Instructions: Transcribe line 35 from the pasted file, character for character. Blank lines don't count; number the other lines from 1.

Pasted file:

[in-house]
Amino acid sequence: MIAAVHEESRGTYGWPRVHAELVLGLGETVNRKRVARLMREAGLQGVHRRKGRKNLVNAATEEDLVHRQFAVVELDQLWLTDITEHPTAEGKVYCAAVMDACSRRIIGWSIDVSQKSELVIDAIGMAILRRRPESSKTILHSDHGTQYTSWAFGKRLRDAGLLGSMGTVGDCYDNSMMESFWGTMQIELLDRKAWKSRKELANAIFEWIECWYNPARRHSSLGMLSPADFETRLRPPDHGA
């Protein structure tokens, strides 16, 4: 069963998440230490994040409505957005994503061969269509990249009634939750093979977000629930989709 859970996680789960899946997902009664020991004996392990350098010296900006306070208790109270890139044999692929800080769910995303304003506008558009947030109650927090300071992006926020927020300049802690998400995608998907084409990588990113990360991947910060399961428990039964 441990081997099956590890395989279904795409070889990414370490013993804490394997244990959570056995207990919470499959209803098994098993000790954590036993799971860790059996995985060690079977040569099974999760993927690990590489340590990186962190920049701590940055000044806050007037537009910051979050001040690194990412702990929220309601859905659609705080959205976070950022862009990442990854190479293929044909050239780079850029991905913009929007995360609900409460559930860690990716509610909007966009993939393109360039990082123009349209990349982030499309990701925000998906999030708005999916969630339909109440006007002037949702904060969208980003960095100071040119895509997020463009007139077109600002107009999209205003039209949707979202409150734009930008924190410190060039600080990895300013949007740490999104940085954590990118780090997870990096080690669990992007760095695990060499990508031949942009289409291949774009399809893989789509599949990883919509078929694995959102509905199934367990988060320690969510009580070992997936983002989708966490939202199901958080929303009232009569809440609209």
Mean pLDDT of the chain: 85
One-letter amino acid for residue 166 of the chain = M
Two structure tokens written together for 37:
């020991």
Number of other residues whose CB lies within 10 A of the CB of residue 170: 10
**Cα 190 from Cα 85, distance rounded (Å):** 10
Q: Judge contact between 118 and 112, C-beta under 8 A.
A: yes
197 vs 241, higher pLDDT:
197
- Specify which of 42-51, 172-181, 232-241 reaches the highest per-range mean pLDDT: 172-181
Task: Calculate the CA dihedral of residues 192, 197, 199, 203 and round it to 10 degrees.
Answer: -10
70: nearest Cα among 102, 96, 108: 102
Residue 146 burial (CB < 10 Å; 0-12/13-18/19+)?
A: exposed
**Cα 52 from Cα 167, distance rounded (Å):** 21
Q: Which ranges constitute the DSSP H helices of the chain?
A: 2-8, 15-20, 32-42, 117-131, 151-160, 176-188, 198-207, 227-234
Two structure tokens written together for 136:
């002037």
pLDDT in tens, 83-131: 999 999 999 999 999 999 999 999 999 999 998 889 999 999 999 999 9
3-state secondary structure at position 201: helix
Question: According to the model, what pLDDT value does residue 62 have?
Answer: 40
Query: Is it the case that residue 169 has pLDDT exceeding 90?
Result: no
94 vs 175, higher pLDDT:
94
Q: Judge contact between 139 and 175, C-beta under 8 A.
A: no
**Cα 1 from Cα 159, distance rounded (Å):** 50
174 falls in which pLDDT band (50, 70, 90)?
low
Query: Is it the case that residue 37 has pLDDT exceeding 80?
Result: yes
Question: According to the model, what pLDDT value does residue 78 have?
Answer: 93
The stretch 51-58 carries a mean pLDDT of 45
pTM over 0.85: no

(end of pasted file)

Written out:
**Cα 1 from Cα 159, distance rounded (Å):** 50